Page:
This post is excerpted from a longer post written by Jason Gaboury and originally appeared on the InterVarsity blog.
The Magnifcat, Mary’s song of praise, is also a prayer. This prayer is not simply a devotional experience, however. Praying the Magnificat ought to create new categories of understanding in our mind and heart. In prayer we receive an invitation to come and magnify the Lord with Mary, to enter her story, and through it to see into the heart of God.
The preamble to the story is an appreciation for the woman whose words we borrow. The mystery of Mary’s song will remain closed to us if our hearts remain dull to this remarkable, courageous, and faithful young woman. To put it another way, Mary is not an “everywoman” character in the New Testament. How is it that this simple girl from Nazareth was able to offer the unqualified yes to God’s invitation when prophets, priests, and kings did not? As we pray her prayer, we imitate her faithfulness, courage, and devotion.
At the center of this story is Israel’s God, the Mighty and Holy One, who abounds in love and mercy (Exodus 34). This God has done for his people what he promised. In Jesus, the Messiah, God’s great reversal has been accomplished. In Jesus, we see God’s immense love for the marginalized and his refusal to adopt the strategies of coercive power. In Jesus, we see God’s covenant fulfilled and his faithfulness extended to the nations. In Jesus, we commit to seeing his generosity and justice play out in our homes, communities, cultures, and nations.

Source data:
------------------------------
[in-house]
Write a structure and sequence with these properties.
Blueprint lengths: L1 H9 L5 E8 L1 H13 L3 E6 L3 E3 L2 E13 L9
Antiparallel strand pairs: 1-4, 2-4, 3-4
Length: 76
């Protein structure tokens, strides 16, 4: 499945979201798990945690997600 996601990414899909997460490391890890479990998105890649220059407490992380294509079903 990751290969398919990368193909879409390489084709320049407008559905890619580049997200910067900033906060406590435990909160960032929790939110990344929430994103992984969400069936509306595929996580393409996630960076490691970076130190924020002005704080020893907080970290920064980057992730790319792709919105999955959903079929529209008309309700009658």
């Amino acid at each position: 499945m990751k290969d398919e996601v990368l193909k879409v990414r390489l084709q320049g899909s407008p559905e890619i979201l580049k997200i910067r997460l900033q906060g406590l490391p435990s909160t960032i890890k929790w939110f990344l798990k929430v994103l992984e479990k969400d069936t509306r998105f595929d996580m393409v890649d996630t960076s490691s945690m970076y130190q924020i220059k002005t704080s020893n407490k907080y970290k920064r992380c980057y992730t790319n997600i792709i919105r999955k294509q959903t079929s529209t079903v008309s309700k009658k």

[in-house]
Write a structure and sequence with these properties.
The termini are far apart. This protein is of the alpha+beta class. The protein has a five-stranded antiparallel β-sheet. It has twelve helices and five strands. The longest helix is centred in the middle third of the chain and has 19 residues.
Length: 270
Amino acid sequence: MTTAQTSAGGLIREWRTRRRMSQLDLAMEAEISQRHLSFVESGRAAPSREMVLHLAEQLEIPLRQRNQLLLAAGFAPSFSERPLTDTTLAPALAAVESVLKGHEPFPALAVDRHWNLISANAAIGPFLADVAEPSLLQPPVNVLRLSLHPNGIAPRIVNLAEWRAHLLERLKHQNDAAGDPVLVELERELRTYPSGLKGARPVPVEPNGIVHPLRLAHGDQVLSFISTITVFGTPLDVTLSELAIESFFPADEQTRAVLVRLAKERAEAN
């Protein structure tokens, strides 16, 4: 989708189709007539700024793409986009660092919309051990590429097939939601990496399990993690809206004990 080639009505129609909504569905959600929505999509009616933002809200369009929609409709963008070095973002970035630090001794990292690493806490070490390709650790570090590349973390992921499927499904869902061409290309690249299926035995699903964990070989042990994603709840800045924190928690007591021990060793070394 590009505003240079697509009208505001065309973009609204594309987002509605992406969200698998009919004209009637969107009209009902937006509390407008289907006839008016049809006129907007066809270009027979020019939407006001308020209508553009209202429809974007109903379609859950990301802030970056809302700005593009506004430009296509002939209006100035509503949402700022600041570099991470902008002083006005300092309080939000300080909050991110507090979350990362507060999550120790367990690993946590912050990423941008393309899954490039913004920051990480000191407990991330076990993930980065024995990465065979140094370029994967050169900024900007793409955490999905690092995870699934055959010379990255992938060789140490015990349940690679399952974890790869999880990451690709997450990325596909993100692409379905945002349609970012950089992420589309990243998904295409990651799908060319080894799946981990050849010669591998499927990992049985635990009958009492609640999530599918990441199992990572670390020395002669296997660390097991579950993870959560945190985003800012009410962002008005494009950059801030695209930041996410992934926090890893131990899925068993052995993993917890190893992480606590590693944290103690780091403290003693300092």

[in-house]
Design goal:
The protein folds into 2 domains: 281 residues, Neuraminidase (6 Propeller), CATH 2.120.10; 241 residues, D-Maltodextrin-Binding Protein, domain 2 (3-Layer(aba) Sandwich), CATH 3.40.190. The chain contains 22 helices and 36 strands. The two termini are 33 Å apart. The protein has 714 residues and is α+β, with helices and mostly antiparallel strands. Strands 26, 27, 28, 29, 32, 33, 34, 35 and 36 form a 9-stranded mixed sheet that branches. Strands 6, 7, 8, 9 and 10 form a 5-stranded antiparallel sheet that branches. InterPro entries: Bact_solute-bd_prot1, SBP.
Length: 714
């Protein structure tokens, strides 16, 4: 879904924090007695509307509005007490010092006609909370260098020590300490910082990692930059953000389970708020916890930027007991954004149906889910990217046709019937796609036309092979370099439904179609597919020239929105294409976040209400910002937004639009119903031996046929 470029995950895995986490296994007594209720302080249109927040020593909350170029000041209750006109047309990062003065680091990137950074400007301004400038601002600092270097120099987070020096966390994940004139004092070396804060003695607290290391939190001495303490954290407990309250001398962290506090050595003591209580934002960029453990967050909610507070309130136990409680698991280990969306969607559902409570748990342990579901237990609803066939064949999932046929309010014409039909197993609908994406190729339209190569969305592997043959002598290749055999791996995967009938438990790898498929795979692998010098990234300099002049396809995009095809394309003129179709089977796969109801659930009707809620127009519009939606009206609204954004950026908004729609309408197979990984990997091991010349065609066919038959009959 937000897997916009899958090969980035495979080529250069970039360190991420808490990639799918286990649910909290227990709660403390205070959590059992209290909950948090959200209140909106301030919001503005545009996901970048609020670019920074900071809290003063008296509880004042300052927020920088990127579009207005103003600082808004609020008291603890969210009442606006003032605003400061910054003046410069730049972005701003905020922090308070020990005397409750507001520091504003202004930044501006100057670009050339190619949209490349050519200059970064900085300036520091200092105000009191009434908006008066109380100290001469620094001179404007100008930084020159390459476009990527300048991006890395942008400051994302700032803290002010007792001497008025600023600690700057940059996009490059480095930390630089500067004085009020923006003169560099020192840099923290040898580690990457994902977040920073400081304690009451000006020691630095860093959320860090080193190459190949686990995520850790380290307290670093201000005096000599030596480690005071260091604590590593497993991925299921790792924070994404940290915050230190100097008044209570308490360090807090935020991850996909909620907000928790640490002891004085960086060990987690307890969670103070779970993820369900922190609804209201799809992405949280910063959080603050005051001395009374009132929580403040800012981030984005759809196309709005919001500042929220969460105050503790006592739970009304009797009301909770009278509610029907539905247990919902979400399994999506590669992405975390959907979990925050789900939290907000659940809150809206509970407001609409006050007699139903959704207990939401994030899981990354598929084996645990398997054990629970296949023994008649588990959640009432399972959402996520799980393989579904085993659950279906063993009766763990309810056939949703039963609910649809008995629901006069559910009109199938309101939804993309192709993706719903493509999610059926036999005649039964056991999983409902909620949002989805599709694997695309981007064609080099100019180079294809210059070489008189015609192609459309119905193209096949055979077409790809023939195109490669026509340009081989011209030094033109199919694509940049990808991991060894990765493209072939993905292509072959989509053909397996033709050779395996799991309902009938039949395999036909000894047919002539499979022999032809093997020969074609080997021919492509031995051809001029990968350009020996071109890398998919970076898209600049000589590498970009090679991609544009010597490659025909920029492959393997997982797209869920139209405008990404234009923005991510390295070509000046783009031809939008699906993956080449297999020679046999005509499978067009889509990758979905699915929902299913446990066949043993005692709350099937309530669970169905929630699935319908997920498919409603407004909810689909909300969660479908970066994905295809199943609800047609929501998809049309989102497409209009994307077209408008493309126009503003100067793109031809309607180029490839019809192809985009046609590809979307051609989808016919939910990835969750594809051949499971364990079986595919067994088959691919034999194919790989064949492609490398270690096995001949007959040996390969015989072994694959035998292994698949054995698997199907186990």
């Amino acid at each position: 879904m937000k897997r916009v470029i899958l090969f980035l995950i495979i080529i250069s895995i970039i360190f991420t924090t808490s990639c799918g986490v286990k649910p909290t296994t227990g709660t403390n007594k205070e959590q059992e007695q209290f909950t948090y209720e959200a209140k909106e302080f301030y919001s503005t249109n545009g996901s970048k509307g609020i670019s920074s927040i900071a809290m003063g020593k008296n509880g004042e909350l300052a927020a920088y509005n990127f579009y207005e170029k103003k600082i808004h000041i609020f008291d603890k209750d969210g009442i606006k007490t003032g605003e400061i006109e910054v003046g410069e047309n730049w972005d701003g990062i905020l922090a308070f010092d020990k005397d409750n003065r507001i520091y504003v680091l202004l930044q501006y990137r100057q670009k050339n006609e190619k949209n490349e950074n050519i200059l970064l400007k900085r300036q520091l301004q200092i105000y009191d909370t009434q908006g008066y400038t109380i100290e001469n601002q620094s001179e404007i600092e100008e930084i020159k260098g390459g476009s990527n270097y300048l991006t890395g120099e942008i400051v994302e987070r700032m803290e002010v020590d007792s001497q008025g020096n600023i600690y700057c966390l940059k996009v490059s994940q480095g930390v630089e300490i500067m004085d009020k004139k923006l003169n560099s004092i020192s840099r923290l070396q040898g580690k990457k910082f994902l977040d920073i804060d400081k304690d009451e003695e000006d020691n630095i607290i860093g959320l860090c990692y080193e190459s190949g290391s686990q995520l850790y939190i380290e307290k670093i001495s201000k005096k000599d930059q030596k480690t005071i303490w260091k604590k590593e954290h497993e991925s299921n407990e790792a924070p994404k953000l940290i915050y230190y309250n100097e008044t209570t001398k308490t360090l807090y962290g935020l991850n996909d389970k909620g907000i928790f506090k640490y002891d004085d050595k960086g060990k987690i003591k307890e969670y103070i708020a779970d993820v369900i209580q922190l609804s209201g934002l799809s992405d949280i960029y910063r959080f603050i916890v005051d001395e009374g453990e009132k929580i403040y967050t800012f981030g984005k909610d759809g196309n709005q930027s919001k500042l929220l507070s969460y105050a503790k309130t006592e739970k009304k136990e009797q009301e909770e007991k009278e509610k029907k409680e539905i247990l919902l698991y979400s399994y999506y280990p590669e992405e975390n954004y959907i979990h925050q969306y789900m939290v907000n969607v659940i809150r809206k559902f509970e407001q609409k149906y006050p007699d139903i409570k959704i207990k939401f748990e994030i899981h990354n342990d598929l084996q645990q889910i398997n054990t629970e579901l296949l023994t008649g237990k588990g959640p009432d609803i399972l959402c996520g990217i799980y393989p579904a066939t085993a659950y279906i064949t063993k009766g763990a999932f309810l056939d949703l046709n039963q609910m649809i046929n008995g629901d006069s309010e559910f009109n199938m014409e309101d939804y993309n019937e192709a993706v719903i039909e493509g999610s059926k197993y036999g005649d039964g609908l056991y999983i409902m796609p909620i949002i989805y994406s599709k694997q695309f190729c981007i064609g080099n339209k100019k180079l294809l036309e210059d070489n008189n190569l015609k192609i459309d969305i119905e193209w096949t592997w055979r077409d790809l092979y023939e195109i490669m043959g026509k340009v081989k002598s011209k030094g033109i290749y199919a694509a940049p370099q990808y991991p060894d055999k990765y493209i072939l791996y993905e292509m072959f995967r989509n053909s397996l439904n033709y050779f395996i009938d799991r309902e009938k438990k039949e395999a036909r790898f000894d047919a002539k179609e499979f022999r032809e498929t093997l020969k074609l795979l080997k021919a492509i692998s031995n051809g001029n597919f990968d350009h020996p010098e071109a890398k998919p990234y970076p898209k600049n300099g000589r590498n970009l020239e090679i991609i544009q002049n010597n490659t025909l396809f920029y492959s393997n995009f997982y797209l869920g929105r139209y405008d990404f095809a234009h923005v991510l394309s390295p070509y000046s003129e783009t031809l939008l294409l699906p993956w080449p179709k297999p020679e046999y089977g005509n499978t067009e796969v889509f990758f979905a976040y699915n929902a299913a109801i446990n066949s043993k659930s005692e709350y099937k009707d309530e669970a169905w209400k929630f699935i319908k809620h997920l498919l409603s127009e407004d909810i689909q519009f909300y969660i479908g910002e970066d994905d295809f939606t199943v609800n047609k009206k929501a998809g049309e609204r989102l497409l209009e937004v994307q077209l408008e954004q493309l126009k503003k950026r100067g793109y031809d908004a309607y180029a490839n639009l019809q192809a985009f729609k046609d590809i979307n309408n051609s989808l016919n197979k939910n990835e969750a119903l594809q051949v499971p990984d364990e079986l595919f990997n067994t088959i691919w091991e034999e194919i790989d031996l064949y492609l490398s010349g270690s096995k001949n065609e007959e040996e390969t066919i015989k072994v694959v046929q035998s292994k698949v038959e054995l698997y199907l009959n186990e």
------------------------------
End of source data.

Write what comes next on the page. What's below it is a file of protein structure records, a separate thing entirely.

We also, as we pray the Magnificat, consider our own social location and ask whether the shape of our lives, including our worship life, points toward Jesus in worship, witness, and wonder. We examine ourselves to discover and root out ways we have aligned ourselves with the forces of spiritual death and disintegration. And we offer ourselves—our souls and bodies, like Mary did—to God’s service, not as begrudging servants but as those who can join with her in joyful acclamation: “My soul magnifies the Lord and my spirit exalts in God my Savior.”
What might happen in your life with God if you entered into Mary’s story by praying the Magnificat regularly? How might its vision of God reshape your perspective? What might happen in our communities if they were formed through regularly praying these words together? Perhaps our vision would be a little less polarized, our wonder reawakened, and our wills strengthened.
Jason Gaboury serves with InterVarsity Christian Fellowship and authored Wait With Me: Meeting God in Loneliness (IVP, 2020).